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  • Writer's picturePeter Yolles

Indigenous Wisdom: Making Space for Traditional Ecological Knowledge

Updated: Aug 11, 2023



The fog above Tomales Bay was just lifting as our group descended the path towards the historic shoreline home of the Felix family. A family of badgers poked their heads out of the grass to watch us. The mother of our guide, Theresa Harlan, grew up on this property, hard on the westside of Tomales Bay and now within the Point Reyes National Seashore. Marshall Beach, a favorite summer swimming spot with a natural sand beach, was nearby and was also home to a native family. Theresa described how every cove with reliable fresh water held a Tomalko family, the indigenous descriptor for the people who lived along Tomales Bay. Most know them as Coast Miwok, a term created by early ethnologists.


Theresa Harlan, a descendant of the Felix Family (third from left) at her family’s ancestral home on Tomales Bay.

Theresa’s family endured a common pathway of tribal people being separated from their land. After countless generations across two millennia, the Spanish arrived bringing diseases along with the California Mission system that enslaved and converted many tribal people. (Source: Chief Marin) Following the 1849 gold rush and establishment of the State of California, white dairy farmers were granted leases and established the first dairy farms to serve the expanding population. The Shafter and Howard families divided up the lands in Point Reyes and prospered until the 1906 earthquake when demand for their dairy products declined. (Source: National Park Service) In the early 1900s, armed white dairy farmers went cove-by-cove displacing many of the native families at gunpoint, many of whom had to evacuate by boat across the Bay to survive (Source: Ethnographic Notes on California Indian Tribes, III Ethnological NotesOn Central California Indian Tribes, edited by Robert F. Heizer, 1967.) Theresa’s family managed to stay until 1964 when they were displaced by a court-ordered eviction and a local white artist Clayton Lewis moved into their family home; he remained until his death in 1995. In the 1960s and 1970s, the National Park Service began acquiring parcels to create the National Seashore, which included the lands at Felix Cove. Following the death of Lewis, the National Park Service has left the location unprotected, even as the vandalized family home and shed remain the only original structure from the 19th century in Point Reyes.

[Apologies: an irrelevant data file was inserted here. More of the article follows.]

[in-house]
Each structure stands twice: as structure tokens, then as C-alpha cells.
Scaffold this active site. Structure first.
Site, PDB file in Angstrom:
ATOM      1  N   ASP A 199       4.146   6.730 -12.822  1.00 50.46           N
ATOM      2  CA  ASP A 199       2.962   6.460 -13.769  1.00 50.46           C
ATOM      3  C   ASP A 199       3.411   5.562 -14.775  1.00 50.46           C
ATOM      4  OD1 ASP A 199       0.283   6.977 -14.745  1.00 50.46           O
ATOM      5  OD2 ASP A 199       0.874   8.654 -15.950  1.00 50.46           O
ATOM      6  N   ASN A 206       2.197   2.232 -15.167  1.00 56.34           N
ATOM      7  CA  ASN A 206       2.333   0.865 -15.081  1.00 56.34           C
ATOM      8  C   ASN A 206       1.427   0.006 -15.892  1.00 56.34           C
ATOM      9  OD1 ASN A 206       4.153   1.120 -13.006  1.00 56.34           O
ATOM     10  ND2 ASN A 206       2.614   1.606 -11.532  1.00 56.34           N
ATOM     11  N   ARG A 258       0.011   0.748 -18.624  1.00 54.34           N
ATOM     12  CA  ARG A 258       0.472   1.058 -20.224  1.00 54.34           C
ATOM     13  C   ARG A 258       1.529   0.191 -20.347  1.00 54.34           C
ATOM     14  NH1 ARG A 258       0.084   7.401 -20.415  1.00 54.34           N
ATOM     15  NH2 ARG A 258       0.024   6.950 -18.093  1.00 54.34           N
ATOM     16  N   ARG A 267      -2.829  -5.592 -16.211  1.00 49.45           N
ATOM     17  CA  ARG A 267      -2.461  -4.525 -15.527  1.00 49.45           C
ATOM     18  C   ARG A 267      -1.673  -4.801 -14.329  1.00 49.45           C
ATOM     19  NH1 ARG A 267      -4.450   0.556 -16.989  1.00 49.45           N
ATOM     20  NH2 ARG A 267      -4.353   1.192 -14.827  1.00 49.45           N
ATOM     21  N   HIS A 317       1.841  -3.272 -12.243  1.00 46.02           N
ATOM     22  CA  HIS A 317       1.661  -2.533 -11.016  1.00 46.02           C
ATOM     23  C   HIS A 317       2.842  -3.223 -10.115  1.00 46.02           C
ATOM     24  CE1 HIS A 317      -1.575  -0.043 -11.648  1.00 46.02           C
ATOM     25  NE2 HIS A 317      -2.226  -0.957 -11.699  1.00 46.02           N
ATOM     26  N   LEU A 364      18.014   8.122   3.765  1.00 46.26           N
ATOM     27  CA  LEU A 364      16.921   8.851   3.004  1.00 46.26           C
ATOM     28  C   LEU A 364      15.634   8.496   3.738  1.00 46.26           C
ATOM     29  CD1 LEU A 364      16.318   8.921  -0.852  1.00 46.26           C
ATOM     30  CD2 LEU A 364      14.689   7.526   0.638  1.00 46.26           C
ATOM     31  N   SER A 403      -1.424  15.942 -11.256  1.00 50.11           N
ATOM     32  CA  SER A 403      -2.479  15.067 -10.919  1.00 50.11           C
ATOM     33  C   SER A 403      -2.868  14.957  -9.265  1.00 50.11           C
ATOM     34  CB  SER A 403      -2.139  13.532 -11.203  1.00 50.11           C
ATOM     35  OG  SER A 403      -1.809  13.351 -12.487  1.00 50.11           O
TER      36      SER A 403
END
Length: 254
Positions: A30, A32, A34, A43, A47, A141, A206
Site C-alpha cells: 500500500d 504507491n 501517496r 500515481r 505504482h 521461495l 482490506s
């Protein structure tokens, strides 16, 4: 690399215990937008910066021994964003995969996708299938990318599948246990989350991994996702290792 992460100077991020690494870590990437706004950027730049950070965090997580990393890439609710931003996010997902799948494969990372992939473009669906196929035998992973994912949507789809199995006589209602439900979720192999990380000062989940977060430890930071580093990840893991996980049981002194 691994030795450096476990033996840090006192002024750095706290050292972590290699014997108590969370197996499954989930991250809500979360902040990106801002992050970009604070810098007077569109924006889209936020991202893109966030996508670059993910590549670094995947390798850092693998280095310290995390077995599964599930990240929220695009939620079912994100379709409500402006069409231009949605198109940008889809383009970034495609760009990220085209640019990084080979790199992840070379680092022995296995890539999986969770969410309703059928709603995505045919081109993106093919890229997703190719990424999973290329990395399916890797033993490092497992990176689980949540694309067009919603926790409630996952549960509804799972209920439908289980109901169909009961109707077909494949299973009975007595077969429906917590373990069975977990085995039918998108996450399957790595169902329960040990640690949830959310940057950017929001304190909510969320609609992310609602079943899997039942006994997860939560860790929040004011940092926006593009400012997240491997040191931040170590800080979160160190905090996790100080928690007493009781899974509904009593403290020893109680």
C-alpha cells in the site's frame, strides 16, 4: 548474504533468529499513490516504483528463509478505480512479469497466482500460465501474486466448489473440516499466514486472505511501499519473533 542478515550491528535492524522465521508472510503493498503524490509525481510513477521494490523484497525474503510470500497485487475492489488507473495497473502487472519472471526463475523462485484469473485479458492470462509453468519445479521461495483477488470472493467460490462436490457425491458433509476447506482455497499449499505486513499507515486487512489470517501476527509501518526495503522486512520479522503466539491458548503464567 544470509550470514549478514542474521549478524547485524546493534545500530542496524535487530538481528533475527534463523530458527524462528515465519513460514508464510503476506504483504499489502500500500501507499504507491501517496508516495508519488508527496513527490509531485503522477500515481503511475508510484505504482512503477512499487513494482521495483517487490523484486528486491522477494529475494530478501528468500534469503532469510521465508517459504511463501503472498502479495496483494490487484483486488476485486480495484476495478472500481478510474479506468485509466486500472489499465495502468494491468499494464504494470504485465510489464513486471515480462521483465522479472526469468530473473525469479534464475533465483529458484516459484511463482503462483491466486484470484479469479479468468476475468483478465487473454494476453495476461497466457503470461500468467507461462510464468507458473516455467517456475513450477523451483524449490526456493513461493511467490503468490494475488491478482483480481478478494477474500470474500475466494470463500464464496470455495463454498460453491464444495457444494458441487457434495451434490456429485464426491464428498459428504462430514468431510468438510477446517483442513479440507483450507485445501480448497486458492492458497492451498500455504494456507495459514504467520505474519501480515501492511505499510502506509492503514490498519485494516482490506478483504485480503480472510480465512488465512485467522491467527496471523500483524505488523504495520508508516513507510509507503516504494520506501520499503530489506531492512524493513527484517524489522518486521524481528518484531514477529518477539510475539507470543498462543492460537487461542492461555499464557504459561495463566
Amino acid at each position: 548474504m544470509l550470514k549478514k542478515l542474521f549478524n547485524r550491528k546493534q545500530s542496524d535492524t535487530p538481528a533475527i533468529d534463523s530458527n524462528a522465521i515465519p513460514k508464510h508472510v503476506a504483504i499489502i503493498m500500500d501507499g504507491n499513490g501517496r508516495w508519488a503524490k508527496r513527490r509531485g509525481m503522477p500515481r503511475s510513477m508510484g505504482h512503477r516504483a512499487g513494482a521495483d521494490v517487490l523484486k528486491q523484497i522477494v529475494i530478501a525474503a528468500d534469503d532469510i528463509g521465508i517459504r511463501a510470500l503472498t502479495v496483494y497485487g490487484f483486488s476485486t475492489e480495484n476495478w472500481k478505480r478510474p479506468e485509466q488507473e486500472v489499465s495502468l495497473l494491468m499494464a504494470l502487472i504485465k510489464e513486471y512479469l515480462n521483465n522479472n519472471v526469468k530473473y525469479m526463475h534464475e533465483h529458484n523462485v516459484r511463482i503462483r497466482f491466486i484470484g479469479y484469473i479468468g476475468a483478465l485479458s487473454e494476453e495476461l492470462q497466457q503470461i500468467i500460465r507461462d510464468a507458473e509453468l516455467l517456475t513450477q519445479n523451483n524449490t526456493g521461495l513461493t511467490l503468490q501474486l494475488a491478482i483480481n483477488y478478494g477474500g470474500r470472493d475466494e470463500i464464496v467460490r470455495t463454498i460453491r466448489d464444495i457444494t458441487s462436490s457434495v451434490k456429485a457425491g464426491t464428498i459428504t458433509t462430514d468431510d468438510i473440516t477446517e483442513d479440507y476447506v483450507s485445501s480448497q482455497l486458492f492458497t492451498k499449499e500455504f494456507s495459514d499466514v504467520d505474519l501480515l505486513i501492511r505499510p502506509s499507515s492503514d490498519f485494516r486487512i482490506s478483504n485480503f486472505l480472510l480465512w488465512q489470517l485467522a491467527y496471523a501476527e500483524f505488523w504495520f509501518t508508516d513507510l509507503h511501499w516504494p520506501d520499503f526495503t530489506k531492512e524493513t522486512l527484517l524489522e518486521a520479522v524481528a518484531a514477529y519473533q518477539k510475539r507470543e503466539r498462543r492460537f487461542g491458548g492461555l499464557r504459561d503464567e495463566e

Listening to Theresa Harlan’s family memories at Felix Cove, Tomales Bay.


Today, Theresa is attempting to re-indigenize and rematriate their family homelands. Theresa says they don’t want to reclaim ownership. Rather, they would like access and rights to conduct family gatherings and community ceremonies, to reconnect with their land and waters of Tomales Bay, and create a living history center. (Source: Alliance for Felix Cove) This effort is part of a “land back” movement to restore cultural connections to their historic lands and water that help define their culture and identity.


California and the Bay Area in particular have seen some recent examples of success to restore the land and co-management to native tribes.

  • In the East Bay, the Sagorea Té Land Trust has received two parcels of land in the last two years. The first was a 1/4 acre parcel in East Oakland. Then recently, they announced the return of 43 acres in the East Bay hills. (Source: Sagorea Té Land Trust)

  • In Marin County, the Coast Miwok Tribal Council’s non-profit arm Huukuiko, acquired 26 acres in Nicasio after 150 years. (Source: Marin Independent Journal). “Nicasio was known as ‘Etcha Tamal by the Coast Miwok. The tribal council plans to build a sweat lodge and a roundhouse for ceremonies on the property. Educational programs on Native American culture also are planned.”

  • California State Parks has enabled co-management agreements for its parks, including some with native tribes. State Parks also signed an agreement with the Yurok tribe for co-management of its North Coast Redwoods.

  • National Park Service issued new policy guidance for co-stewardship with tribal groups of its parks.


As we sat talking on the beach at Felix Cove with Theresa, her husband, and friends, it was easy to imagine what life might have been like for the Felix family and their neighbors in simpler times. The waters of the cove were gentle and still. An osprey’s calls pierced the sound of water lapping the shore. Hopefully with tribal participation and knowledge, lands and waters can be regenerated with Traditional Ecological Knowledge rebalancing the natural world’s relationship among humans and nature.

 


Thank you for reading my recent post and following Echo River Capital.


- Peter


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